In 1816, Schubert experienced a change in fortune, and the rest of his life was a struggle. While prolific during this time, the classical music composer relied a great deal on his family and friends to support him, as he was never able to secure permanent employment. During the later years of his life, Schubert produced many of his greatest works, including his first song cycle, Die schone Mullerin created based on poems by Wilhelm Muller. This work, combined with the later Winterreise is considered to be the best example of his lieder and of the lied genre in general.
In 1824, he wrote Octet in F, "A Sketch for Grand Symphony," and explored the musical cultures of different countries, including Hungary, writing romantic pieces such as the String Quartet in A minor. The later years of his life were also marked by many miscellaneous works, including perhaps his most famous orchestral work the Unfinished Symphony, which he began in 1822.
Schubert's death came in the midst of his most creative years. His health was declining, as he had battled syphilis since 1822, which weakened him when he contracted what historical reports declare was either typhoid or mercury poisoning. He spent his final days reading, having developed earlier a passion for writer James Fenimore Cooper. He passed away at age 31 on November 19, 1828 in Vienna and was buried next to Ludwig van Beethoven at his own request. Both were moved to the Zentralfriedhof in 1888 where they lie next to Johann Strauss I and Johannes Brahms. When he died, over 100 of his compositions had already appeared in print.

Concert Program Notes

Franz Peter Schubert : Born in Vienna, January 31, 1797; died in Vienna, November 19, 1828

We never cease to be amazed at the enormous fecundity of a Bach, a Mozart, a Saint-Saëns or a Schubert. In the latter case, the wonder is intensified with the knowledge that about a dozen symphonies (begun or completed), a similar number of stage works (operas, operettas, incidental music), more than three dozen chamber works, over six hundred songs, plus numerous choral works and a huge body of music for solo keyboard were all composed before Schubert died at the tragically young age of thirty-one. Yet nowhere in his vast output is there a single concerto. That he wrote none for piano is perhaps not surprising, for in his day piano concertos were written to be performed by the composers themselves, and the genre implied an element of virtuosity. Schubert, though proficient at the keyboard, was no virtuoso. Nor is there a concerto for violin, viola (also instruments Schubert played), flute or any other instrument. In fact, in Schubert's entire catalogue, there are just two short pieces for solo instrument and orchestra, both for violin: the Konzertstück in D major (D. 345) and a Polonaise (D. 580).

Schubert learned to play violin from his father at an early age. As a teenager he regularly took part in reading sessions of chamber and orchestral music. We can well imagine that many of the instrumental pieces he wrote during these early years received their first “performances” in these private reading sessions, at which anywhere from four to perhaps twenty musicians might be present. Hence, it was probably as modest vehicles for himself or for his brother Ferdinand that he wrote in 1816 three sonatas for violin and piano as well as the Konzertstück and the Rondo for solo violin and string quartet. The Rondo dates from June of that year. The sonatas found a publisher in Antonio Diabelli (of Beethoven Variations fame) but the Rondo languished until the first “complete” Schubert edition appeared in 1897. The string quartet serves as a true accompaniment, and no disfigurement is created by increasing the number of players at will.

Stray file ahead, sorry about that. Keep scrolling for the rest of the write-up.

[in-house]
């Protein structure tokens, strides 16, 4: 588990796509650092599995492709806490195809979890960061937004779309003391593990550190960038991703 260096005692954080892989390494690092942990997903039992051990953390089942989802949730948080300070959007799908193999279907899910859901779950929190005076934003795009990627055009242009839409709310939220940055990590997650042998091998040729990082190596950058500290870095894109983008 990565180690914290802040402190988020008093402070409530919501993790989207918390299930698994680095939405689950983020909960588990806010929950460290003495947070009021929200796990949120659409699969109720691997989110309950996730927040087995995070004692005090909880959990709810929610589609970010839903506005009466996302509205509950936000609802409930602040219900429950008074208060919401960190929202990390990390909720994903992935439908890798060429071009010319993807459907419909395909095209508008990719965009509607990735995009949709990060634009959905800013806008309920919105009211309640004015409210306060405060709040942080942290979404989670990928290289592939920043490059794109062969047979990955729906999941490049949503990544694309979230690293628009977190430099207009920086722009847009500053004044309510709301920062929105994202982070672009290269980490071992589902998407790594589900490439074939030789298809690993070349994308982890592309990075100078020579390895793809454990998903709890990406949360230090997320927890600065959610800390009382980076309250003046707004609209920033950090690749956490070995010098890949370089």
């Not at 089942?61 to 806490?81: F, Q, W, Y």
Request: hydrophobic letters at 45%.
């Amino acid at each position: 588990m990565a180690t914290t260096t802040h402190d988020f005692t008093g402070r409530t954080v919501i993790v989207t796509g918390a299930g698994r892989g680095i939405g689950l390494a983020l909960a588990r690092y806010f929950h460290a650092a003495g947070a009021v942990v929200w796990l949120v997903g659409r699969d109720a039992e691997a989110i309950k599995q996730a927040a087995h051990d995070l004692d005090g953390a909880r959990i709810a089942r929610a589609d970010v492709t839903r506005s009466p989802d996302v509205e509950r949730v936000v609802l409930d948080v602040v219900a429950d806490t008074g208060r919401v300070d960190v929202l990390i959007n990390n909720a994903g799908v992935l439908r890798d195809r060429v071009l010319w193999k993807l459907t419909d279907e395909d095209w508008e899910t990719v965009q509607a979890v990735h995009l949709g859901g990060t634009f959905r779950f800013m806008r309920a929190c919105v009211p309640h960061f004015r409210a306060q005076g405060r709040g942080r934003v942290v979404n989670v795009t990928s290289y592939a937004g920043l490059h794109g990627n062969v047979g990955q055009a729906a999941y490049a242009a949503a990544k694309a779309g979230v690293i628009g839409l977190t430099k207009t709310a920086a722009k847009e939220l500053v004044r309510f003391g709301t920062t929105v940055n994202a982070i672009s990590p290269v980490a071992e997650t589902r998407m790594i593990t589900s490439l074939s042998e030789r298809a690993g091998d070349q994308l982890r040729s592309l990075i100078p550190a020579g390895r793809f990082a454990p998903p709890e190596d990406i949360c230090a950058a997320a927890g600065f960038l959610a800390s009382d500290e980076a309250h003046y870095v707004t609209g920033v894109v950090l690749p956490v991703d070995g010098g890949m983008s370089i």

The Rondo itself is preceded by a slow introduction, in which some listeners find echoes of Mozart. The Allegro giusto rondo is very much in the style of its time, with a tune that might pass for one by Paganini or Vieuxtemps, but it bears an unmistakably Schubertian stamp in its verve, freshness and ardently singing quality. Though this short work will never command the adulation lavished on the Unfinished Symphony, the Mass in E-flat or the Wanderer Fantasy, we can cherish this little Rondo for its unpretentious charm and heed these works of critic Harold Schoenberg: “Wherever one looks in Schubert's music there is something to love. Always the music is intensely, even piercingly melodic, the melodies often tinged with a kind of melancholy that can only be described as - well, Schubertian.”

Robert Markow

This Year in History: 1816

History, Politics and Social Affairs

  • Land was offered to civilians from Great Britain and Ireland, with free passage to Canada and the offer of 100 acres of land. Their sons were also given 100 acres upon reaching the age of 21. Food rations were also provided for the first few months in Canada.
  • After several years of harassment by agents of the North West Company, Métis and Indians under Cuthbert Grant kill Robert Semple, governor of the Red River settlement, and twenty others at the Battle of Seven Oaks.
  • Fire nearly destroys the city of St. John’s, Newfoundland.
  • A steamboat is first used on Lake Ontario.
  • Argentina gains independence from Spain.
  • Ireland's potato crop fails in August; excessive rain is blamed and many go hungry.

Nature, Science and Technology

  • René Laennec invents the stethoscope.
  • Johann Maelzel, a friend of Beethoven’s, patents the metronome two years after it was invented by the Dutchman Dietrich Nikolaus Winkel.

The Arts, Literature and Entertainment

  • Gioacchino Rossini's opera Barber of Seville is premiered in Rome.
  • Charlotte Bronte, English novelist, author of Jane Eyre, is born in Thornton, England.
  • The British Museum purchases the Elgin Marbles, a collection of classical Greek marble structures removed from the Parthenon by Thomas Bruce, seventh Earl of Elgin, with the controversial permission of the Ottoman authorities.